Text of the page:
SCOTUS Heard Arguments In Clash Between Large Agriculture Growers And Their Workers The Supreme Court heard arguments in a case between California's agricultural growers and the farmworkers union over an old law limiting union organizers' access to farms to get workers' support.

SCOTUS Heard Arguments In Clash Between Large Agriculture Growers And Their Workers

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The U.S. Supreme Court heard arguments today in a high-stakes clash between large agricultural growers and the workers who harvest their crops. At issue - a California law that allows union organizers limited access to the growers' land when seeking support for the union. NPR legal affairs correspondent Nina Totenberg reports.

NINA TOTENBERG, BYLINE: The California law, the legacy of famed union organizer Cesar Chavez, allows union organizers access to the workers on site for an hour before and after work and during the lunch break. Access is permitted for up to 30 days, four times a year. The union argues that access is necessary to reach migrant workers who typically work at multiple sites over the course of that year. The growers contend that the law is a, quote, "invasion of their land that amounts to an unconstitutional taking of their property." They want the union either barred from their property or for the government to pay them just compensation. A similar claim was rejected by the courts in 1976, but the newly energized conservative Supreme Court majority is now taking a new look. And today, the justices struggled with how to approach the question. Addressing the growers' lawyer, Justice Barrett summed up the problem this way.


AMY CONEY BARRETT: I think that both sides have line-drawing problems, so let me ask you this. What if California had a regulation that permitted union organizers to go onto the property of your client one hour a day, one day a year? That is taking.

TOTENBERG: Yes, it is, replied lawyer Joshua Thompson. Well then, asked Barrett, why isn't the whole National Labor Relations Act unconstitutional? And why aren't laws unconstitutional that allow public officials access to private property to inspect everything from mine safety to meatpacking? - Justice Breyer.


STEPHEN BREYER: There are dozens and dozens and dozens of statutes. But are all those long lists of statutes - are they all unconstitutional?

TOTENBERG: Lawyer Thompson said those laws are different - Chief Justice Roberts.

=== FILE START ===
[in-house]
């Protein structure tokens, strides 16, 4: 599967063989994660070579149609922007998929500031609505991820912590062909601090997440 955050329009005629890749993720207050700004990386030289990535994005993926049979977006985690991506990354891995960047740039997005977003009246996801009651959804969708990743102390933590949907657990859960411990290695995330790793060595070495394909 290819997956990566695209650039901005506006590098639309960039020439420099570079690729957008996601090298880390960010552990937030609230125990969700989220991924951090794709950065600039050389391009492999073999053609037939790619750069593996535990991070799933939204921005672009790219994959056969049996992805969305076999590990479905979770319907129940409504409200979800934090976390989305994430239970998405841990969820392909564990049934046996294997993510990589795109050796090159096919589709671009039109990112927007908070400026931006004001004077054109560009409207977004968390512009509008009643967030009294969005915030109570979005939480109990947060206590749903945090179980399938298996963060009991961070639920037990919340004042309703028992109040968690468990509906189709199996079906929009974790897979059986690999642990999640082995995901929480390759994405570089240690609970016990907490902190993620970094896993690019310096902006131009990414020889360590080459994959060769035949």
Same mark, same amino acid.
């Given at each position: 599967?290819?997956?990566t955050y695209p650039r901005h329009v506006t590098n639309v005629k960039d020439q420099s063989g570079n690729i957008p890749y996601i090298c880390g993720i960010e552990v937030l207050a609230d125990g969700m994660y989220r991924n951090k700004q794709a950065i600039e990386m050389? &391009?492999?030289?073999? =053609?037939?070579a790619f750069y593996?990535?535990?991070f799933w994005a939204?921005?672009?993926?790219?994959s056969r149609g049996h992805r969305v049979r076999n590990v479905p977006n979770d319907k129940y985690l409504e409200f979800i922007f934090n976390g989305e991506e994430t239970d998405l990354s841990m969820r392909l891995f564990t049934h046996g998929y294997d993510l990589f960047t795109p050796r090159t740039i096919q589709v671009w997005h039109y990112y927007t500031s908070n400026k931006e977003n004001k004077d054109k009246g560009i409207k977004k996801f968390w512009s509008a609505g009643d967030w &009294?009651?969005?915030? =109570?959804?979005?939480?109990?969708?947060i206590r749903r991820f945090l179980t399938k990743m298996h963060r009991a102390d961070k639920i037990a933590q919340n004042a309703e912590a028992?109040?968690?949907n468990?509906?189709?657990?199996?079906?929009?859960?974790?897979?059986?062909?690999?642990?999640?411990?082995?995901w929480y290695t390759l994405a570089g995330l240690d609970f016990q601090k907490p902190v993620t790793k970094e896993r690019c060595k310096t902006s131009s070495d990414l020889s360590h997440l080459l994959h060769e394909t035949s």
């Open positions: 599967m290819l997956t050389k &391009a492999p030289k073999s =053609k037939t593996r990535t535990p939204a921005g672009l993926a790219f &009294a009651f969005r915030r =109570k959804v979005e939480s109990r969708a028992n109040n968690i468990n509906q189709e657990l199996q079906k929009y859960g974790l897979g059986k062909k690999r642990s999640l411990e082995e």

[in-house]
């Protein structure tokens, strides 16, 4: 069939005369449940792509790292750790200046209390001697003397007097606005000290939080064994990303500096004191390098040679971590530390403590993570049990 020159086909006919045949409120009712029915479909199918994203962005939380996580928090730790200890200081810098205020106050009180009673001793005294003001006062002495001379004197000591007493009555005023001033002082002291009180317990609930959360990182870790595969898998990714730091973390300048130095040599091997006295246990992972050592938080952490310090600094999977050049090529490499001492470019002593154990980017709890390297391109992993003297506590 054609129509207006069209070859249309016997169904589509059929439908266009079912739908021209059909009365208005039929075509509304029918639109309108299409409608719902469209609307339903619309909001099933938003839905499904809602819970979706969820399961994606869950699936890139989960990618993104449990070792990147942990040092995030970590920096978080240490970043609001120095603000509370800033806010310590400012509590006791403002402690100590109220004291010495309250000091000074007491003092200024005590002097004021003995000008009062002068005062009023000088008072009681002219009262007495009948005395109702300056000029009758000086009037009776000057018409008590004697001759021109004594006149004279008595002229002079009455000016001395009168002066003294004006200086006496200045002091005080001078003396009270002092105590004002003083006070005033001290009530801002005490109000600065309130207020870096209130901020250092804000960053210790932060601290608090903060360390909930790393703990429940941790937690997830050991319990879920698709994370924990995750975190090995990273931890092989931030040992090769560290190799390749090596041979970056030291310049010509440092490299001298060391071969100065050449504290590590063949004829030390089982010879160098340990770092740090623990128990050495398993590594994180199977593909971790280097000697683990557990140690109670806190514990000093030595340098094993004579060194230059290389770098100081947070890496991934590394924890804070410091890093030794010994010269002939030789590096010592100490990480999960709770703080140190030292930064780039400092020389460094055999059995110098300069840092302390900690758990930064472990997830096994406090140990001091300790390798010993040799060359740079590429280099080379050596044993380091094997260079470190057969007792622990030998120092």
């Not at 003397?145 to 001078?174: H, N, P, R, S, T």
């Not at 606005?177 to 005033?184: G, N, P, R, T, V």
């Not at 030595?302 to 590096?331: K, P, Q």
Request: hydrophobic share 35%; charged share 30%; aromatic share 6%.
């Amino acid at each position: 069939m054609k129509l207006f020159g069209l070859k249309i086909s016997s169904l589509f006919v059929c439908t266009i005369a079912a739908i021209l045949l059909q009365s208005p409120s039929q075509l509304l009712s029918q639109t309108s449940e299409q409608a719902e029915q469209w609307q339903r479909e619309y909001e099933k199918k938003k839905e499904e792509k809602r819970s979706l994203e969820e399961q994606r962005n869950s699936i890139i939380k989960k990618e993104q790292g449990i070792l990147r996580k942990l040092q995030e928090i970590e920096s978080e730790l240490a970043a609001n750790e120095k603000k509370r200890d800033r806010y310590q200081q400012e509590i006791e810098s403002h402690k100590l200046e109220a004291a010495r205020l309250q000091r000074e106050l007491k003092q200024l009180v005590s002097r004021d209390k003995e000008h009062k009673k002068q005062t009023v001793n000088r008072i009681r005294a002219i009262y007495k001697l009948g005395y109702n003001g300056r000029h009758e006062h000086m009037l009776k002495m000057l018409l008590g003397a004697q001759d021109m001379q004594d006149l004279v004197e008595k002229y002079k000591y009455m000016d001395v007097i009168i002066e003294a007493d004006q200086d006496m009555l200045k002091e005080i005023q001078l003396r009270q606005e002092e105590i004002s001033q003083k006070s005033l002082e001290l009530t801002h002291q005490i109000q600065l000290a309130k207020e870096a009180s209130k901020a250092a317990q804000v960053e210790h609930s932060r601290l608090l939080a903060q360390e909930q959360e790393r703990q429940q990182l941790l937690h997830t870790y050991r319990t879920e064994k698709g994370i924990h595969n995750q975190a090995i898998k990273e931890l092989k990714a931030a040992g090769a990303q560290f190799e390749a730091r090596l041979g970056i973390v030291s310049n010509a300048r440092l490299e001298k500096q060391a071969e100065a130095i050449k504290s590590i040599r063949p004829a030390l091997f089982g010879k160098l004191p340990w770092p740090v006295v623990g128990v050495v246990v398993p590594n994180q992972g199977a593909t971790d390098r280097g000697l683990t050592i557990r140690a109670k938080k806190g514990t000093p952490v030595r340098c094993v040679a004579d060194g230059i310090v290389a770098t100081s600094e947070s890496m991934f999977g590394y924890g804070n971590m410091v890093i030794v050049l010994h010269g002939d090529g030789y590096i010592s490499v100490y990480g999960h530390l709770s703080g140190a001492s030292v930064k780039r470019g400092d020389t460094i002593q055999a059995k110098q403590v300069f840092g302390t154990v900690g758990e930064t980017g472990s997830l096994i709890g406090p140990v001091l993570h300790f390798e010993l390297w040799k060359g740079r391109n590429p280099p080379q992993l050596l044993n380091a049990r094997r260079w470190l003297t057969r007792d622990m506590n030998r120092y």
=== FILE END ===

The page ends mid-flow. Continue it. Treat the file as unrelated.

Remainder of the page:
JOHN ROBERTS: Why doesn't promoting peaceful labor relations fall under the same category as safety inspections?

TOTENBERG: The growers' lawyer argued that the landowners have a per se constitutional right to exclude anyone from their land but not government health and safety inspectors. That prompted Justice Sotomayor to ask what the principle is here.


SONIA SOTOMAYOR: I guess you want us to make it up somehow.

TOTENBERG: The justices didn't seem any more satisfied with the answers from lawyer Michael Mongan, representing the California Agricultural Labor Board. What do you do, asked Chief Justice Roberts, if there are two unions that want access to the growers' property? Do they both get access for 120 days? Lawyer Mongan replied, that may be a theoretical possibility but not a realistic one. What's more, he noted, it's rare for the union to seek access for more than 30 days in any given year. Justice Thomas asked why the government couldn't mandate that the National Guard train on the growers' property three hours a day. Because, Mongan replied, that would be a pretty substantial interference with anyone's business. That's why, he said, each claim should be evaluated on a case-by-case basis.


SOTOMAYOR: Counsel, let me stop you there. Ad hoc won't satisfy many people.

TOTENBERG: Justice Sotomayor.


SOTOMAYOR: Articulate the rule to me.

TOTENBERG: The answer didn't seem to satisfy Justice Kagan either.


ELENA KAGAN: What's the principle that would enable you to set a line someplace short of 365 days?

TOTENBERG: A decision in the case is expected by summer.

Nina Totenberg, NPR News, Washington.


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